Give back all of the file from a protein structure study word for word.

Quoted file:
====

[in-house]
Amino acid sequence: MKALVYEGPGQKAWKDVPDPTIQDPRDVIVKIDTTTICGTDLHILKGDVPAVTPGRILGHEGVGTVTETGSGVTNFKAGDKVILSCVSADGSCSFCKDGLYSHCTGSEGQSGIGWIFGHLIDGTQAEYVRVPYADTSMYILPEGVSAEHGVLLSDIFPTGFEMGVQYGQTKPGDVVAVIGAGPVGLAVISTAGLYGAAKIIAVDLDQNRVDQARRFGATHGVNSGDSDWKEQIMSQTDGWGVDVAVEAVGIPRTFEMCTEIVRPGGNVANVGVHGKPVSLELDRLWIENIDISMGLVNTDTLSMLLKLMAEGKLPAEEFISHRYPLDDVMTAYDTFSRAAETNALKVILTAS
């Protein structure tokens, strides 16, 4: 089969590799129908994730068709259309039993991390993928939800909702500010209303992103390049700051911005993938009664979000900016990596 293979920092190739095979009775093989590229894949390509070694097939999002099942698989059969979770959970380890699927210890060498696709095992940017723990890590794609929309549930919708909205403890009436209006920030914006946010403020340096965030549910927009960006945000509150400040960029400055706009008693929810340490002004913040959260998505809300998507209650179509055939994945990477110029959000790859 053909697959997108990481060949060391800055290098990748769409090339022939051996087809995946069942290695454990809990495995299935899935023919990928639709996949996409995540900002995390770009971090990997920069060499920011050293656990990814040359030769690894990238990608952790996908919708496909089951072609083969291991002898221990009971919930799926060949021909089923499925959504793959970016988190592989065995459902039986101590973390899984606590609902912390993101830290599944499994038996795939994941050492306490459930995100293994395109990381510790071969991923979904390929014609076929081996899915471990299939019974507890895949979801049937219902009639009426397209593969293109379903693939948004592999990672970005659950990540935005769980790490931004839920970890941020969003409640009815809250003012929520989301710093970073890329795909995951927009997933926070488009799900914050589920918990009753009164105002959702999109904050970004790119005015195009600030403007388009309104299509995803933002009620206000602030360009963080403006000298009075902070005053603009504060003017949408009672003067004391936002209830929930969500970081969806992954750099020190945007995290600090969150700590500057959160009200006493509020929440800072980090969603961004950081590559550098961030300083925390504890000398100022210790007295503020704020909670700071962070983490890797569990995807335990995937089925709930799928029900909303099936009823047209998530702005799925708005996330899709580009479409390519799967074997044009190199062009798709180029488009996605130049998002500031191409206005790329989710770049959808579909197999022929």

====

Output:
[in-house]
Amino acid sequence: MKALVYEGPGQKAWKDVPDPTIQDPRDVIVKIDTTTICGTDLHILKGDVPAVTPGRILGHEGVGTVTETGSGVTNFKAGDKVILSCVSADGSCSFCKDGLYSHCTGSEGQSGIGWIFGHLIDGTQAEYVRVPYADTSMYILPEGVSAEHGVLLSDIFPTGFEMGVQYGQTKPGDVVAVIGAGPVGLAVISTAGLYGAAKIIAVDLDQNRVDQARRFGATHGVNSGDSDWKEQIMSQTDGWGVDVAVEAVGIPRTFEMCTEIVRPGGNVANVGVHGKPVSLELDRLWIENIDISMGLVNTDTLSMLLKLMAEGKLPAEEFISHRYPLDDVMTAYDTFSRAAETNALKVILTAS
């Protein structure tokens, strides 16, 4: 089969590799129908994730068709259309039993991390993928939800909702500010209303992103390049700051911005993938009664979000900016990596 293979920092190739095979009775093989590229894949390509070694097939999002099942698989059969979770959970380890699927210890060498696709095992940017723990890590794609929309549930919708909205403890009436209006920030914006946010403020340096965030549910927009960006945000509150400040960029400055706009008693929810340490002004913040959260998505809300998507209650179509055939994945990477110029959000790859 053909697959997108990481060949060391800055290098990748769409090339022939051996087809995946069942290695454990809990495995299935899935023919990928639709996949996409995540900002995390770009971090990997920069060499920011050293656990990814040359030769690894990238990608952790996908919708496909089951072609083969291991002898221990009971919930799926060949021909089923499925959504793959970016988190592989065995459902039986101590973390899984606590609902912390993101830290599944499994038996795939994941050492306490459930995100293994395109990381510790071969991923979904390929014609076929081996899915471990299939019974507890895949979801049937219902009639009426397209593969293109379903693939948004592999990672970005659950990540935005769980790490931004839920970890941020969003409640009815809250003012929520989301710093970073890329795909995951927009997933926070488009799900914050589920918990009753009164105002959702999109904050970004790119005015195009600030403007388009309104299509995803933002009620206000602030360009963080403006000298009075902070005053603009504060003017949408009672003067004391936002209830929930969500970081969806992954750099020190945007995290600090969150700590500057959160009200006493509020929440800072980090969603961004950081590559550098961030300083925390504890000398100022210790007295503020704020909670700071962070983490890797569990995807335990995937089925709930799928029900909303099936009823047209998530702005799925708005996330899709580009479409390519799967074997044009190199062009798709180029488009996605130049998002500031191409206005790329989710770049959808579909197999022929």